The dominant choice for 3G is WCDMA. In October 2007 the ITU Radiocommunication Assembly included WiMAX-derived technology, specifically orthogonal frequency division multiple access (OFDMA, see Figure 5.4.1(d)) and MIMO, in the set of IMT-2000 standards as the sixth radio interface. 3GPP [25] provides a migration strategy for cellular communications through a process called long-term evolution LTE and through a number of releases each building on prior infrastructure and adding capabilities.

    EDGE has intermediate data speeds between those of GSM and WCDMA. The following terms are also used to describe networks using the 3G WCDMA specification: Universal Mobile Telecommunication System (UMTS) (UMTS, in Europe), UMTS Terrestrial Radio Access Network (UTRAN), and Freedom of Mobile Multimedia Access (FOMA, in Japan). UMTS is the 3G successor of the GSM standard, with the air interface now using WCDMA. The terminology used in UMTS, listed in part in Table \(\PageIndex{3}\), is based on the terminology used in GSM, with subtle differences. UMTS was first deployed in Japan in 2001. The term WCDMA describes the physical interface and protocols that support it, while UMTS refers to the whole network. A large number of frequency bands are designated for 3G, see Tables \(\PageIndex{4}\) and \(\PageIndex{5}\).

    The 3GPP timeline is summarized in Figure \(\PageIndex{4}\). The CDMA2000 and WCDMA paths become the single LTE path beyond 3G. The CDMA2000 (the IS-2000 standard) path builds on the original CDMA system defined by the IS-95 standard and commonly known as CDMAOne (the IS-95 standard). CDMA2000 1xEV-DO is the first evolution of CDMA2000 that meets the ITU basic specification for 3G. Evolution-data optimized (EV-DO), combines CDMA and TDMA for higher data throughput.

    Term Description
    AuC Authentication center
    GGSN Gateway GPRS support node
    GMSC Gateway MSC
    HLR Home location register
    ISDN Integrated services digital network
    MSC Mobile switching center
    Node B Basestation
    PSTN Public switched telephone network
    RNC Radio network controller
    SGSN Serving GPRS support node
    UE User equipment
    USIM Universal subscriber identity module
    VLR Visitor location register

    Table \(\PageIndex{3}\): UMTS terminology.

    Band Uplink Downlink Available Spectrum
    \((\text{MHz})\) \((\text{MHz})\) NA LA EMEA ASIA Oceania Japan
    \(1\) \(1920-1980\) \(2110-2170\)
    \(2\) \(1850-1910\) \(1930-1990\)
    \(3\) \(1710-1785\) \(1805-1880\)
    \(4\) \(1710-1755\) \(2110-2155\)
    \(5\) \(824-849\) \(869-894\)
    \(6\) \(830-840\) \(875-885\)
    \(7\) \(2500-2570\) \(2620-2690\)
    \(8\) \(880-915\) \(925-960\)
    \(9\) \(1749.9–1784.9\) \(1844.9–1879.9\)
    \(10\) \(1710-1770\) \(2110-2170\)
    \(11\) \(1427.9–1447.9\) \(1475.9–1495.9\)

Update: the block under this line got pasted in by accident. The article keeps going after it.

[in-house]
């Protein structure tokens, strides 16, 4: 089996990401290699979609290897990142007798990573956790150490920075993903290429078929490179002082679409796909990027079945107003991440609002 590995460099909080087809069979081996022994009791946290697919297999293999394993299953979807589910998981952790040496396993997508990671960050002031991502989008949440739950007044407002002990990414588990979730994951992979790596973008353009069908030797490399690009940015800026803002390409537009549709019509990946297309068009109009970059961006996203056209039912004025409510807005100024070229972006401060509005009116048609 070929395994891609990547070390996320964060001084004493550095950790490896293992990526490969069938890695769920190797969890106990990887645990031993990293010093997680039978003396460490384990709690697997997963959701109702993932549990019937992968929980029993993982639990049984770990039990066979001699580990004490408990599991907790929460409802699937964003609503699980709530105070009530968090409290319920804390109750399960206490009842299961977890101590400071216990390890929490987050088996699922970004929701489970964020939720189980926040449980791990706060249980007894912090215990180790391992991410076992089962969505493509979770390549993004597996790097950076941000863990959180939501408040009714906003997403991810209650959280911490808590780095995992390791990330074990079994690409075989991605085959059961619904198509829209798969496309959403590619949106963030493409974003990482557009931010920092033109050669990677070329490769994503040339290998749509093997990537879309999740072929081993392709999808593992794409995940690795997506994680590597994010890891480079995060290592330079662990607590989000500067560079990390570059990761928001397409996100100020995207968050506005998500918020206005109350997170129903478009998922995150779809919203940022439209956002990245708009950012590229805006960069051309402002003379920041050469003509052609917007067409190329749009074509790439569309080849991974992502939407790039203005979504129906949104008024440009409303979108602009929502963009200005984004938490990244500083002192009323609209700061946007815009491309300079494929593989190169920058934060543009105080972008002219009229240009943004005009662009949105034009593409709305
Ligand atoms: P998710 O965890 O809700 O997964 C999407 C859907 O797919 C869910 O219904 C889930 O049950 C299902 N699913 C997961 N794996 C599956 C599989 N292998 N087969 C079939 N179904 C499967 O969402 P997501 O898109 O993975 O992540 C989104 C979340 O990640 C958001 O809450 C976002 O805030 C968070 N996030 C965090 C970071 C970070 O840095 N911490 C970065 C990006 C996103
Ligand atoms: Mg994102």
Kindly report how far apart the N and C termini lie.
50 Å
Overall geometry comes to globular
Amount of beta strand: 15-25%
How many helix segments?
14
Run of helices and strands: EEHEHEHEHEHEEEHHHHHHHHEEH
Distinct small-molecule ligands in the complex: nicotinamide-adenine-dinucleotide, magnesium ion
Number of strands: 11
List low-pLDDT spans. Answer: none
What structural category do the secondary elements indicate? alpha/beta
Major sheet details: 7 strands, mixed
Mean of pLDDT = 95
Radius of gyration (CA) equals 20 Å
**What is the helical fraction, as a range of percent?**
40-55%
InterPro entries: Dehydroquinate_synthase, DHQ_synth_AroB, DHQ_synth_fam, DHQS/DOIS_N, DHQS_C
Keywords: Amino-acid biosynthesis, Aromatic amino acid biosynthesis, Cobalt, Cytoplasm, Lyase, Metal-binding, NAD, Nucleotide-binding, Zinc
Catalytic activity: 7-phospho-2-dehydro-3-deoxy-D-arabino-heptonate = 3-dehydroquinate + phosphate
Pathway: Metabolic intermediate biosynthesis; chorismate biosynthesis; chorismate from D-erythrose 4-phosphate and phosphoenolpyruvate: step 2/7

\(12\) \(698-716\) \(728-746\)
    \(13\) \(777-787\) \(746-756\)
    \(14\) \(788-798\) \(758-768\)
    \(15-18\) reserved
    \(19\) \(832.4–842.6\) \(877.4–887.6\)
    \(20\) \(832-862\) \(791-821\)

    Table \(\PageIndex{4}\): Spectrum assignments for 3G, [25, Release 99].

    The WCDMA and LTE evolution is defined by releases beginning with an initial release in 2000 known as Release 99 (Rel-99) [26]. This saw the beginning of the Third Generation Partnership Project (3GPP) specifying and controlling the evolution of cellular communications through 3G, 4G, and now 5G. The releases are designed to protect the installed investment in cellular systems while providing a migration path.

    5.9.4 Summary

    WCDMA 3G and 4G are widely deployed. While 3G/WCDMA it will be gradually replaced by 4G and 5G it has particular aspects that could see the system remain for many years.

    clipboard_e6f06cfc4a50b9fd68b57cb3ed461b57e.png

    Figure \(\PageIndex{4}\): Timeline for implementation of 3G, 4G and 5G. DL indicates the downlink data rate; UL indicates the uplink data rate; BW indicates the channel bandwidth. Development supports Internet protocol (IP) and voice over IP (VoIP). The two 3G paths become a single long term evolution (LTE) path. LTE is the concept of smoothly evolving through 4G and into 5G utilizing existing infrastructure and adding capability [25]). Begining with Release 99 (Rel-99) the timeline is controlled by 3GPP . The dates refer to the first significnat commercial availability of the standard and the official release dates can be found at http://www.3gpp.org.

    Band Uplink \((\text{MHz})\) Downlink \((\text{MHz})\)
    \(33\) \(1900-1920\) \(1900-1920\)
    \(34\) \(2010-2025\) \(2010-2025\)
    \(35\) \(1850-1910\) \(1850-1910\)
    \(36\) \(1930-1990\) \(1930-1990\)
    \(37\) \(1910-1930\) \(1910-1930\)
    \(38\) \(2570-2620\) \(2570-2620\)
    \(39\) \(1880-1920\) \(1880-1920\)
    \(40\) \(2300-2400\) \(2300-2400\)

    Table \(\PageIndex{5}\): Spectrum assignments for TDD 3GPP [25, Release 8].


    5.16: 3G, Third Generation- Code Division Multiple Access (CDMA) is shared under a CC BY-NC license and was authored, remixed, and/or curated by Michael Steer.